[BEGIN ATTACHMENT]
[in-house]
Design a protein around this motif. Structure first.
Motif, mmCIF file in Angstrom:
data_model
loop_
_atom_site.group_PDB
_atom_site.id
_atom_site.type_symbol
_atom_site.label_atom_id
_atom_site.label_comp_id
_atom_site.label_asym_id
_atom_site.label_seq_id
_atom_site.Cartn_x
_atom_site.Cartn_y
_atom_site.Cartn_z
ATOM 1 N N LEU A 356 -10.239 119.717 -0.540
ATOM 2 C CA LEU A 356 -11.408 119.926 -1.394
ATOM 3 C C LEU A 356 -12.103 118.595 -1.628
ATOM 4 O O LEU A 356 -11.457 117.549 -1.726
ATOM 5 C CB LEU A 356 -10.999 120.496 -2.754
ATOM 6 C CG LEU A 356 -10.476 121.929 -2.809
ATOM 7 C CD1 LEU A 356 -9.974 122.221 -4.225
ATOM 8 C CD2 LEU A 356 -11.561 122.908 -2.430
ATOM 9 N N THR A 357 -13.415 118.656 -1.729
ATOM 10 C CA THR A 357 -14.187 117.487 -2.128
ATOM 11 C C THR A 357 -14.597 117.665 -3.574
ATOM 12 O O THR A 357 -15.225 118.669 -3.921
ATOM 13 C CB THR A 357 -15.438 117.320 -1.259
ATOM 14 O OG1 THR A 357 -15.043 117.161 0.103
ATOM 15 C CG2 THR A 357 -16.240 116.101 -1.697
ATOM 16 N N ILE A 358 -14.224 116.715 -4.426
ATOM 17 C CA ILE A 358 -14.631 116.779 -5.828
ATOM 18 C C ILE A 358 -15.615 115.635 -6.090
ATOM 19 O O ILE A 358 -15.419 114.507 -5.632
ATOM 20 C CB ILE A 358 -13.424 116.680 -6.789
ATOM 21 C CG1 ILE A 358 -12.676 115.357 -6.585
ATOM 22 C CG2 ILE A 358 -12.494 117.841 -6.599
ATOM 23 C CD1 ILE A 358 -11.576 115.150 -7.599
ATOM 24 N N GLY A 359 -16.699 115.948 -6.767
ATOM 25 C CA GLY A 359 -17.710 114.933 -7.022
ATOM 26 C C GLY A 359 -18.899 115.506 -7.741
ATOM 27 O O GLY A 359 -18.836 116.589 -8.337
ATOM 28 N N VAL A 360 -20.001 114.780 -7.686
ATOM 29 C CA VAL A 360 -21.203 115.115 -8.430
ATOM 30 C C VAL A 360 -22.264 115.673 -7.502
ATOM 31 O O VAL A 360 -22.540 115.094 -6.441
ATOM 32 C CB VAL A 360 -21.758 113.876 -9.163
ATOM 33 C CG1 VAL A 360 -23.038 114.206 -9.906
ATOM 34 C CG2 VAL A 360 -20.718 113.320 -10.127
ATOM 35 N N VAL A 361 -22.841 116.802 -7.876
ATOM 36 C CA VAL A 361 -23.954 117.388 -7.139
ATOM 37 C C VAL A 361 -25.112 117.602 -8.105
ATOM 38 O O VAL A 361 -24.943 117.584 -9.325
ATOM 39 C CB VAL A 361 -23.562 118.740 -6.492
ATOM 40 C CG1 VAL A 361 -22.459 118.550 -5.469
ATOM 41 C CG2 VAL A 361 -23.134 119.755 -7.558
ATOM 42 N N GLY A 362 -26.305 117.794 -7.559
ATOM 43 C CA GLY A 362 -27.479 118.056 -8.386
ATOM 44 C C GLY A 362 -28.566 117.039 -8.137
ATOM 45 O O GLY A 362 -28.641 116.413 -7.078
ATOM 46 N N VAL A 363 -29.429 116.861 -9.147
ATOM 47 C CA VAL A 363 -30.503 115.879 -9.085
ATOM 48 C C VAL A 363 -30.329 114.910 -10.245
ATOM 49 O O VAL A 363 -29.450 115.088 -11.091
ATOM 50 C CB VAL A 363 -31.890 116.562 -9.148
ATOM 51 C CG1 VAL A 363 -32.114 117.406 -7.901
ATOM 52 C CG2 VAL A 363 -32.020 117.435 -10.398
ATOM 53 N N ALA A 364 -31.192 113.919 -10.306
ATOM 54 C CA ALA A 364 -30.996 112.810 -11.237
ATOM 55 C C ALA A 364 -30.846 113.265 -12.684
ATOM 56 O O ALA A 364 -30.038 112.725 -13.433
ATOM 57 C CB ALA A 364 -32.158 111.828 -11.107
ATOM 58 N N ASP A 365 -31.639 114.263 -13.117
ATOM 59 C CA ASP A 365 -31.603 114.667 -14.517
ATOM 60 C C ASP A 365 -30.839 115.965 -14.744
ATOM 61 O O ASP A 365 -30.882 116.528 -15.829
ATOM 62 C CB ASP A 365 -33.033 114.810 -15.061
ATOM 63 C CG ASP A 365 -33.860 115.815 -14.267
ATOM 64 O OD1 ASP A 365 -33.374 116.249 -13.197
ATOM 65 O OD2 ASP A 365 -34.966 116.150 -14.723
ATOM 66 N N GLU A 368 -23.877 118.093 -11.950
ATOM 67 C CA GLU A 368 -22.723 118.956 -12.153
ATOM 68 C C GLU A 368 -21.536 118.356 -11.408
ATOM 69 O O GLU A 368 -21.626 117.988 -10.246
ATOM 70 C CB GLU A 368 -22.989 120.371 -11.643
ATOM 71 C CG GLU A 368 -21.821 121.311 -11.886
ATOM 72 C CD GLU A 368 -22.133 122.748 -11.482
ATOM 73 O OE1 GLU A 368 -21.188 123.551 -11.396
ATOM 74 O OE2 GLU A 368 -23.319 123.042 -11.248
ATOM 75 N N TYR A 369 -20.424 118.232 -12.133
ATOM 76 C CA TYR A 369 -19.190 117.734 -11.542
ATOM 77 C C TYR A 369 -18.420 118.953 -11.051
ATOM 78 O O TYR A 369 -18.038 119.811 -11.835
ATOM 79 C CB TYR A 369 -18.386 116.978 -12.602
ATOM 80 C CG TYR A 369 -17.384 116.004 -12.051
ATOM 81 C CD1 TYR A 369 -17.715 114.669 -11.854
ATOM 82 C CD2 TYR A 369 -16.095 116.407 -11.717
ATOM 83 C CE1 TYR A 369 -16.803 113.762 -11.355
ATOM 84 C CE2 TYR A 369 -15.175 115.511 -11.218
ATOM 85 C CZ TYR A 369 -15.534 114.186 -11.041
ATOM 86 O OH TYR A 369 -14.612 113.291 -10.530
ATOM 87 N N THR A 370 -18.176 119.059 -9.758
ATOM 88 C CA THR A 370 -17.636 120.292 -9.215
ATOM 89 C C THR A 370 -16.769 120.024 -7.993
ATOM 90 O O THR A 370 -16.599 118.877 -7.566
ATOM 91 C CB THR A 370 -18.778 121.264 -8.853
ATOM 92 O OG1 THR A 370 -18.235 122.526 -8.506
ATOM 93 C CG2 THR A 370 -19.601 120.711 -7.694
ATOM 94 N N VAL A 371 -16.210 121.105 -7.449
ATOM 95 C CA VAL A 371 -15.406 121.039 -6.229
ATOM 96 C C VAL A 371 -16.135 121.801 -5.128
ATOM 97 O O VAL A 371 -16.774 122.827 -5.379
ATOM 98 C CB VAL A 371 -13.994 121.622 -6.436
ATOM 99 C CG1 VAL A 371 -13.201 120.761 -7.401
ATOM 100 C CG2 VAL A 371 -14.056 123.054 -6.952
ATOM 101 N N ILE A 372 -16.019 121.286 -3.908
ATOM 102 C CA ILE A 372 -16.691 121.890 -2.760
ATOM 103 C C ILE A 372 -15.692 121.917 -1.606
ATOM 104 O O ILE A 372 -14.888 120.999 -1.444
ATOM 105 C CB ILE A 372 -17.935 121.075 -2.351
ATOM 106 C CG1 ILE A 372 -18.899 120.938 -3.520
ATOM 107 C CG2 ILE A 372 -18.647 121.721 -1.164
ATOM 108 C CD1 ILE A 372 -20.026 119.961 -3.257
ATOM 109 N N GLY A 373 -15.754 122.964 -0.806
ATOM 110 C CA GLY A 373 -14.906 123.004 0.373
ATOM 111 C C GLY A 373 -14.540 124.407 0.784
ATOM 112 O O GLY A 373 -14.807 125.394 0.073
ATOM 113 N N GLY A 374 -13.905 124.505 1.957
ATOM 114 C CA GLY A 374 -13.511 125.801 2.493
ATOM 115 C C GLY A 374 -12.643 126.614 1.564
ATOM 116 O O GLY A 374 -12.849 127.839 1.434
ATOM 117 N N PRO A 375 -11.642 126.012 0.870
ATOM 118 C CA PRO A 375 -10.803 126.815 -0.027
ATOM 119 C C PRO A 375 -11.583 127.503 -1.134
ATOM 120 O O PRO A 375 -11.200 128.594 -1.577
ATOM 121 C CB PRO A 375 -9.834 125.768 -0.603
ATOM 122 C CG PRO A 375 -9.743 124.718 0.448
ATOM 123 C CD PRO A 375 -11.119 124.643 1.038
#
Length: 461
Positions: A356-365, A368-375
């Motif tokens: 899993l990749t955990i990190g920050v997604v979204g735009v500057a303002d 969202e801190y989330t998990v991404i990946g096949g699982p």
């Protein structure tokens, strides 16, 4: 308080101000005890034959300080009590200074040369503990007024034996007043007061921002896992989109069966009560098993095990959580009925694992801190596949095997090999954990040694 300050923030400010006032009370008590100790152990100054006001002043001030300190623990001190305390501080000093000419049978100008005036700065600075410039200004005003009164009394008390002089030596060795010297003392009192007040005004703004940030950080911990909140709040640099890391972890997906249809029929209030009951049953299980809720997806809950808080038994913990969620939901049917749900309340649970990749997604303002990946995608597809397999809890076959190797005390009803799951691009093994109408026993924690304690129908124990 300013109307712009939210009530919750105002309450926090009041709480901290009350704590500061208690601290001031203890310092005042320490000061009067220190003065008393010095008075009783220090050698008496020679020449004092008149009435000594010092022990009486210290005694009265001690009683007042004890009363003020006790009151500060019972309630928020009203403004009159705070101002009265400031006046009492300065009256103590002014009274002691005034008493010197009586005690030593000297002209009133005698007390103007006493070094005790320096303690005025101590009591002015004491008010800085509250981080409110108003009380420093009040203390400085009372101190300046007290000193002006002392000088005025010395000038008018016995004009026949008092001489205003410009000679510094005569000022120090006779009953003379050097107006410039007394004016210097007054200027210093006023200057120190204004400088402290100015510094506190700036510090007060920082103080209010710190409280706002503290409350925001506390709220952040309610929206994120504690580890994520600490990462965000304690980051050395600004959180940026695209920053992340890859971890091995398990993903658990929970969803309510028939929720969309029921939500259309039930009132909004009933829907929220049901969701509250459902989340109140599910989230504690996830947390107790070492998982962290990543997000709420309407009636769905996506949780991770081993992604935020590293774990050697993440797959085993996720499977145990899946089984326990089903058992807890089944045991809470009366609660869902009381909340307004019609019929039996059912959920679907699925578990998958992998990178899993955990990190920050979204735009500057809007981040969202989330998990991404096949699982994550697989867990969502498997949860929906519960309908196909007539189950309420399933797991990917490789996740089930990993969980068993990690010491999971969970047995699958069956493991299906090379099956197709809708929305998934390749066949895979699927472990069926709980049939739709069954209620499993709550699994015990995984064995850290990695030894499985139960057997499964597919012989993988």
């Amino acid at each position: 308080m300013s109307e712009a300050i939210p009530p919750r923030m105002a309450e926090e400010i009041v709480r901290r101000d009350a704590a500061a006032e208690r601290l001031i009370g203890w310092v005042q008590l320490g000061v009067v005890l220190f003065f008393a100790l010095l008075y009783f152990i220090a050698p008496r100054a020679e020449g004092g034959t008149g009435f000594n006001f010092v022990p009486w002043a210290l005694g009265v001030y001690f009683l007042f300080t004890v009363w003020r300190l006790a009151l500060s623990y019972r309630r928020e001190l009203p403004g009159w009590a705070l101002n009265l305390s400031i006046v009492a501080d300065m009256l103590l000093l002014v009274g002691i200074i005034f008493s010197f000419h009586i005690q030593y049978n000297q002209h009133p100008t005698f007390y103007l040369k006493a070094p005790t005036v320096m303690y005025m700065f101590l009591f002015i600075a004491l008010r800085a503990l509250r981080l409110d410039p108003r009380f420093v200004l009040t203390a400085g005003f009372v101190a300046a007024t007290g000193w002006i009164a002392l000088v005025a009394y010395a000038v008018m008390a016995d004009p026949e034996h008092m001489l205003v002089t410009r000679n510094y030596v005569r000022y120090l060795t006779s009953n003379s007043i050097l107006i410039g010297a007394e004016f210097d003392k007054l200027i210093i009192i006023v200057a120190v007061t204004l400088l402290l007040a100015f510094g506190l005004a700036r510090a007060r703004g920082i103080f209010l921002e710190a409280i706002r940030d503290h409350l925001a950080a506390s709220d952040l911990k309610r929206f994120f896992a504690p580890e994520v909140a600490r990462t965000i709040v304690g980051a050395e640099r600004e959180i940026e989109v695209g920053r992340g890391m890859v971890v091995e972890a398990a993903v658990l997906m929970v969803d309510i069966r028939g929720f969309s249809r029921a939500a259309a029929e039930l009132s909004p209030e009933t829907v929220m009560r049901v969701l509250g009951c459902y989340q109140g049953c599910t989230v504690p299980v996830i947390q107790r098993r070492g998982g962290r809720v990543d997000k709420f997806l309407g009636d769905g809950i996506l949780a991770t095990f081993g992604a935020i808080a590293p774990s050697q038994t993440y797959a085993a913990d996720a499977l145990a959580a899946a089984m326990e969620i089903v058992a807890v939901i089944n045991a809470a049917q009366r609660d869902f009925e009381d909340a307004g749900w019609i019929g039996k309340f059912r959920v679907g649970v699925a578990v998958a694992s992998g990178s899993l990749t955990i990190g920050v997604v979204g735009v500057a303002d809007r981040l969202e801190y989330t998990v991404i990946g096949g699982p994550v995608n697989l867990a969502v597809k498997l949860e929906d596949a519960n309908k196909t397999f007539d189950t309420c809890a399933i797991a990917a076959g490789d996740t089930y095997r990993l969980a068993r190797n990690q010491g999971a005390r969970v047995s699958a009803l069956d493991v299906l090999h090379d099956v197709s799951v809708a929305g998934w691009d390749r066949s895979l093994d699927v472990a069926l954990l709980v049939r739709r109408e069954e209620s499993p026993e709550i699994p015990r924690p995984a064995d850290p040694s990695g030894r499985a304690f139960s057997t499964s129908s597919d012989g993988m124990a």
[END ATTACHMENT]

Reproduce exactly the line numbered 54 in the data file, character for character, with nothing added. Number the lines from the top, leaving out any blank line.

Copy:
ATOM 39 C CB VAL A 361 -23.562 118.740 -6.492